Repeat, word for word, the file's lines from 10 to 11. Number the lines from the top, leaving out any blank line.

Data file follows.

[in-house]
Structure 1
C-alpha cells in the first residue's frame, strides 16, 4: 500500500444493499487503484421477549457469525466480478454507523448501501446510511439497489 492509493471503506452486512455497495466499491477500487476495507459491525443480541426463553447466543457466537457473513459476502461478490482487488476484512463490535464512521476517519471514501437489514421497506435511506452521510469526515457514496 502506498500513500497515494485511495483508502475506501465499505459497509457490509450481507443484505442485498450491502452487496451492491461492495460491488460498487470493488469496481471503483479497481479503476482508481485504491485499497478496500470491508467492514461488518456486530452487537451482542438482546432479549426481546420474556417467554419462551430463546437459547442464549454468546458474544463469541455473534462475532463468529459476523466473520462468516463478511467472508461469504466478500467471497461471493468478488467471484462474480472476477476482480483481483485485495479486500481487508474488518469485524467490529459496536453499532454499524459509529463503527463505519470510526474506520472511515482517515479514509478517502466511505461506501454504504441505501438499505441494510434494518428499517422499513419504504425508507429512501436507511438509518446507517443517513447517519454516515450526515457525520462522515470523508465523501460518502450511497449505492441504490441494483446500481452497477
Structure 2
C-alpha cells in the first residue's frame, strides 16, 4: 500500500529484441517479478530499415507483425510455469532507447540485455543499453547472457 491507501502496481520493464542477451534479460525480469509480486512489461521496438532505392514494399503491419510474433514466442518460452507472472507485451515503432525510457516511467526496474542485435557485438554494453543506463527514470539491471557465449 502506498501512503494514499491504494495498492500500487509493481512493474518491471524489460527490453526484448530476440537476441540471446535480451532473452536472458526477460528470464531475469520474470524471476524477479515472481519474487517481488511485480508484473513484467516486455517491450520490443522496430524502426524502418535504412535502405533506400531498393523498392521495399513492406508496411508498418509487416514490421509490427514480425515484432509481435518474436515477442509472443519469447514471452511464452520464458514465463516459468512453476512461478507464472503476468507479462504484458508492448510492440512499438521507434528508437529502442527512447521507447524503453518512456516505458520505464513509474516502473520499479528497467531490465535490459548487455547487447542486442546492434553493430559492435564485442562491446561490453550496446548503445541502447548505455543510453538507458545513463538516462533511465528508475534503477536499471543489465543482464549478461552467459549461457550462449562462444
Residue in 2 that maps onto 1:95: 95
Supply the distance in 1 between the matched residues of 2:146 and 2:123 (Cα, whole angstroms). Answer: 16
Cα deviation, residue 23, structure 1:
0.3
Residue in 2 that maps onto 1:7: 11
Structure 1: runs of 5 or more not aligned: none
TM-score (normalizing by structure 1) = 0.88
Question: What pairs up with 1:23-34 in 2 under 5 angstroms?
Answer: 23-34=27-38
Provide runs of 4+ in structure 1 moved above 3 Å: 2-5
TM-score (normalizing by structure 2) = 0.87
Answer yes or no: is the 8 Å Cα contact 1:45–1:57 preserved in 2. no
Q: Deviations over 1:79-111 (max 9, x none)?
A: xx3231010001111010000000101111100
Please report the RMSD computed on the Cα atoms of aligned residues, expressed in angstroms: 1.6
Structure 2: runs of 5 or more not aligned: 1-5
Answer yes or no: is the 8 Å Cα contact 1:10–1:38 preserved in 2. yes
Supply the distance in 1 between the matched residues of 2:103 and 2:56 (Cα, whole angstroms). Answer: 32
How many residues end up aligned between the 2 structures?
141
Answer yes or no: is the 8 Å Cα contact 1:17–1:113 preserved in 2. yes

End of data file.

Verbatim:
Residue in 2 that maps onto 1:7: 11
Structure 1: runs of 5 or more not aligned: none